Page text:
What is the goal of the nervous system, part 2 (a twitter story)

My question from Monday spawned some good discussion on twitter (none, alas, on the blog). What is the goal of the nervous system? Well, a lot of people thought it was pretty simple:

As evidence for how important movement is for having a brain:

Yup, when a sea squirt decides to stop moving it just sits there… and consumes its own brain (for some definitions of ‘brain’).  The video at the top, as suggested by Chris Maidan, is a great explanation of the reasoning behind the idea that the brain is for movement. Yet, despite Daniel Wolpert explicitly saying that the reason we have a brain is for movement… he actually makes an argument for something else that came up in the twitter discussion:

Another good alternative:

And to throw in a curveball:

But the answer that I like the best:

I have some thoughts that I’m writing up, though that is taking some time. Let me take a step back, though, and reword what my question was originally intended to be (though clearly in my sleep-deprived state I did a poor job of describing it).

As others suggested above, the overall goal of any part of a biological system is to maximize the transmission of genetic material (by one mechanism or another) from one generation to the next. Yet when examining the nervous system on a more local level that can be hard to notice; the visual system, especially the early stages, are there to extract information about visual scenes; the auditory system is there to extract information about sound; the spinal chord is there to (mostly) generate movement. If you don’t believe me, look at the peripheral sensory nerves, at the retina, at the cochlea: all part of the nervous system, and on a local level they are guided by local goals. It is not until you get to more internal structures that general ideas of value or desire are found.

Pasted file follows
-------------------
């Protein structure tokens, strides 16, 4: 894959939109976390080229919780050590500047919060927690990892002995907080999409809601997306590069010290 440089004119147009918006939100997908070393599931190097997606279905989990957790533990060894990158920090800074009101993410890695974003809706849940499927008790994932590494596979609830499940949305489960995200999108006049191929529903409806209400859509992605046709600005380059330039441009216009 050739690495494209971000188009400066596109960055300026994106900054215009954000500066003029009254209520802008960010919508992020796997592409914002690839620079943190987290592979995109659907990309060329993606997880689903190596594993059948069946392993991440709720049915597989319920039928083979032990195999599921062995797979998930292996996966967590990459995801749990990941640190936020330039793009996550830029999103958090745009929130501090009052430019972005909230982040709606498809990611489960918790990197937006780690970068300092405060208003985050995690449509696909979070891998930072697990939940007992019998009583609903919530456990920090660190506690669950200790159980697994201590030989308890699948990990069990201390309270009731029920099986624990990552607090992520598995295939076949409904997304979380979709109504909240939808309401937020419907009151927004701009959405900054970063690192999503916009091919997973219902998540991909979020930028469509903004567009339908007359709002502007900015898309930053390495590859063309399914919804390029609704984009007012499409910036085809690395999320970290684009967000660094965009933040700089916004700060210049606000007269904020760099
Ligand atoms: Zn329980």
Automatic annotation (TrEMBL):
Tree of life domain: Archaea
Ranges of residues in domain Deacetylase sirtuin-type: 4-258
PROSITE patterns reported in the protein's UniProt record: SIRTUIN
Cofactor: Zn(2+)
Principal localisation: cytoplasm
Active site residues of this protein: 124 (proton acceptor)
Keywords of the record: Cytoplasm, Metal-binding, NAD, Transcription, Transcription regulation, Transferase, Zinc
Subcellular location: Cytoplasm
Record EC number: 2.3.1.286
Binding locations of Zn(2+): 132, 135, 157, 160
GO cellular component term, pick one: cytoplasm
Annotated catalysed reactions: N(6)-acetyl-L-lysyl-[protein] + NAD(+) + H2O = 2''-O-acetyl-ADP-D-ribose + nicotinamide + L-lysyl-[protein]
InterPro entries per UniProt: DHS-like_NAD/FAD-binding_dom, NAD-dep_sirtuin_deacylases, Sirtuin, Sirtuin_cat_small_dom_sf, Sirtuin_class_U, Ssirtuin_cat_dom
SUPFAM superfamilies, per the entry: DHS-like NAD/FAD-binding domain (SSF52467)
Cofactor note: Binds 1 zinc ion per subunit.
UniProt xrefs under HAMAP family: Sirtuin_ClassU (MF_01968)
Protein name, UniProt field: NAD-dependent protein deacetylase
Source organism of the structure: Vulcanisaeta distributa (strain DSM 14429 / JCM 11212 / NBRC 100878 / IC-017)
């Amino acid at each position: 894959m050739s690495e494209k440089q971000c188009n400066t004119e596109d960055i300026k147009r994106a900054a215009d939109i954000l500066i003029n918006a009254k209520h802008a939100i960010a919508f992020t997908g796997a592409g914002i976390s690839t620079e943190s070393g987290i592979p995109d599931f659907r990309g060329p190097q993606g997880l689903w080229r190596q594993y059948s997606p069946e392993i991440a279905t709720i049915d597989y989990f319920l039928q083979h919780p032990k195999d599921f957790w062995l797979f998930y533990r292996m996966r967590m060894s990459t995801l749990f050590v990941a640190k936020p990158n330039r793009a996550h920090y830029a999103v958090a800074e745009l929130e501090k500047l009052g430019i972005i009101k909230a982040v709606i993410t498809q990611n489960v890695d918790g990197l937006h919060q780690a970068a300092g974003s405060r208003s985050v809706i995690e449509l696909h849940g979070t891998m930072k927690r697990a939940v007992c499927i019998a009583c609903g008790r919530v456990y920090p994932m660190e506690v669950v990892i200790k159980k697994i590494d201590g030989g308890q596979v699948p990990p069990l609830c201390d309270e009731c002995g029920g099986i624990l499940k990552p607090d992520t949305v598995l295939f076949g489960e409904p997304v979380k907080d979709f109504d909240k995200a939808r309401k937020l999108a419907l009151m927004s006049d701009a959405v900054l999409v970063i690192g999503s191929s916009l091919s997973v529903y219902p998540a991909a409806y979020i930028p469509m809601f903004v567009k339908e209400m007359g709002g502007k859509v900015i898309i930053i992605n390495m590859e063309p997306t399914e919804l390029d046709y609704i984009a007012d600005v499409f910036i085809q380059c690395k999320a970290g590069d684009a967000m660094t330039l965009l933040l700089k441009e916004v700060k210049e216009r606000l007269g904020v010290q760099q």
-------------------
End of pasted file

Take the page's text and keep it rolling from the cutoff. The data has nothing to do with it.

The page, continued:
And we can write this out mathematically; sensory neurons are often said to be maximizing the Shannon mutual information between their response and the visual world which we can write in a very simple way I(neural response;visual stimulus) with plenty of experimental support. In other words, the visual neurons represent as much information about the visual scene as is possible.

But given that we know that the ultimate goal of the nervous system is to enhance reproductive success – why isn’t that included in the equation? Where would we need to include something like that to have a good understanding of the function of some area of the visual system? Is a proxy like ‘utility’ good enough?

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One thought on “What is the goal of the nervous system, part 2 (a twitter story)

  1. Pingback: Monday thought/open question: What is the goal of the nervous system? (Updated) | neuroecology

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